Teddy’s Best New Picture Books of 2018: #3 “We Don't Eat Our Classmates!” by Ryan T. Higgins
I’ll be counting down my favorite new picture books of 2018 all month. Number 3 is “We Don't Eat Our Classmates!” by Ryan T. Higgins.
First off, the title and cover of this book are great. Before reading a new book to students, I like to sometimes to “preview” the book by looking at the front page and reading the title and having the children guess what it will be about. Some books garner lukewarm responses, but here the children where enthralled and had a wide range of ideas of what would happen in the book.
While it’s not central to the plot, I love that Higgins choose to make Penelope (the dinosaur ) female. Even picture books with anthropomorphic animals as the protagonist too often are male.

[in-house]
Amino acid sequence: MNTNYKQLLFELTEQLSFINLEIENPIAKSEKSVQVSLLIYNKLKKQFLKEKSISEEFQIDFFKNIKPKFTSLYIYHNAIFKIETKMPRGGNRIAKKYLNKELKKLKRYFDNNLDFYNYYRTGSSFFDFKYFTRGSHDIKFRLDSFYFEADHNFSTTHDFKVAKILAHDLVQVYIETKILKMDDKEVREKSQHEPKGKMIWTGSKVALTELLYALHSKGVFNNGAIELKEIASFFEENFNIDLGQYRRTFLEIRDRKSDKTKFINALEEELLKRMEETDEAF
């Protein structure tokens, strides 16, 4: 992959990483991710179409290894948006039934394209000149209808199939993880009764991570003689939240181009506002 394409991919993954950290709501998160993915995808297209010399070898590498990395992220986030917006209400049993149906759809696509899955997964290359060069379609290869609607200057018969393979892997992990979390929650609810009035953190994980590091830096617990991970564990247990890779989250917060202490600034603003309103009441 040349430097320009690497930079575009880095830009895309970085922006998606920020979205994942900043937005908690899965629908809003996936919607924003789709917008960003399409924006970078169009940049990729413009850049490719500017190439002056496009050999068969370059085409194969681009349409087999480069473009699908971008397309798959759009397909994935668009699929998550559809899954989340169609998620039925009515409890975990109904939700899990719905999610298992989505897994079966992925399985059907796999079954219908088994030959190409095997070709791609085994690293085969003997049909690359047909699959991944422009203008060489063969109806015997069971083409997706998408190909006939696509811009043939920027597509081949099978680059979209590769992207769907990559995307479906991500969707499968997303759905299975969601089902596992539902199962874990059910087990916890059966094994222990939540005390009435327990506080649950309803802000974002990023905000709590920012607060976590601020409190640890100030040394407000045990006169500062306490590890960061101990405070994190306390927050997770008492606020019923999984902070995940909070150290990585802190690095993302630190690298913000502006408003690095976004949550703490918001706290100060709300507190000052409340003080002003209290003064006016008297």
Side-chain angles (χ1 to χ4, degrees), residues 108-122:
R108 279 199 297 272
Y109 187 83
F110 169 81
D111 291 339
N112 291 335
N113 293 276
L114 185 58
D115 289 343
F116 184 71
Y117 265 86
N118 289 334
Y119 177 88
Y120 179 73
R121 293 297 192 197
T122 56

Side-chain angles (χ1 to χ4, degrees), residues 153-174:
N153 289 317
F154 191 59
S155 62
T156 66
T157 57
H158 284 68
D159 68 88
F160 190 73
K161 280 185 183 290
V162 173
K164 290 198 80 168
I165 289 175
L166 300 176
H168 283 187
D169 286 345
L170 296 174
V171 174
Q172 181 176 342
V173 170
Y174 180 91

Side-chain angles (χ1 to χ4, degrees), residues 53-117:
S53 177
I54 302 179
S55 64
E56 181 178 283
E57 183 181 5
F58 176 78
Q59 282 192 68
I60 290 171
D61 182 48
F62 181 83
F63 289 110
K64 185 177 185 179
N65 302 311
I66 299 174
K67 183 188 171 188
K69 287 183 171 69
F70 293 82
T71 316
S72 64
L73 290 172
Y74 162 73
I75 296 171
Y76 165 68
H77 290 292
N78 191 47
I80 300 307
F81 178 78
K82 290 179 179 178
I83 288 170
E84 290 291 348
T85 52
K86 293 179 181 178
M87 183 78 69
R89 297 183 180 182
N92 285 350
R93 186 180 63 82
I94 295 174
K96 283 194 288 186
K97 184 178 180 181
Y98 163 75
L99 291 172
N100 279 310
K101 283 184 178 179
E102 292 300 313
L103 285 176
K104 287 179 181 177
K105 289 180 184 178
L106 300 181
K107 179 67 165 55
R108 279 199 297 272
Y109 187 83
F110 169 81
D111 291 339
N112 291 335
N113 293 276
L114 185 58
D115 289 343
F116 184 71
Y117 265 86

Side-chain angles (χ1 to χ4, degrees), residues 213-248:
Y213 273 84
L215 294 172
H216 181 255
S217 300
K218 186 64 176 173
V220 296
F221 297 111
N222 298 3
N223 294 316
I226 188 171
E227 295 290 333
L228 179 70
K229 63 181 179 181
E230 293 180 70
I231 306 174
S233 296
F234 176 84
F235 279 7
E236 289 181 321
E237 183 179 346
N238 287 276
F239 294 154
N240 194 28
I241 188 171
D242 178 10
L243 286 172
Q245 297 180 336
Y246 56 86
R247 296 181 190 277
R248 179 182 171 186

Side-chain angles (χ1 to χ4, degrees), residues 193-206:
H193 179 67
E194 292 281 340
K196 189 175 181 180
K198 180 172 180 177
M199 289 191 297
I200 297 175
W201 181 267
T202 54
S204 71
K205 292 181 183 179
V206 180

The illustrations are great throughout and have little details that flesh out the character. When we see Penelope in her room at start, the nervousness on her face is clear, her little stuffed dinosaurs are sitting at a table looking like they are playing school and there is a stuffed unicorn in the other corner of the page which foreshadows a joke about unicorns on the next page. Young children can relate to the anxiety Penelope experiences on the next few pages as she approaches her new school and classroom for the first time. When Penelope opens the door to her class, we can’t see inside her class. When reading the book to children the first time, this is a good spot to pause and have them guess what Penelope’s classmates will be like. In my experience, children guessed the other students would be other kinds of dinosaurs (we had previously read Jane Yolen’s “How Do Dinosaurs Go To School” where all the students are dinosaurs) Here is where we get to the first twist, all the rest of the students are normal human children. The illustration of the classroom looks like many prek classes complete with cubbies, word wall, hanging art work, loft, and a diverse group of students. Since you know the title of the book, you can probably guess what happens next... I won’t spoil the rest of the book, but there are great lessons for children who have anxiety about school, for children who act overly aggressive and or bite their classmates, and lessons about how to make friends in general.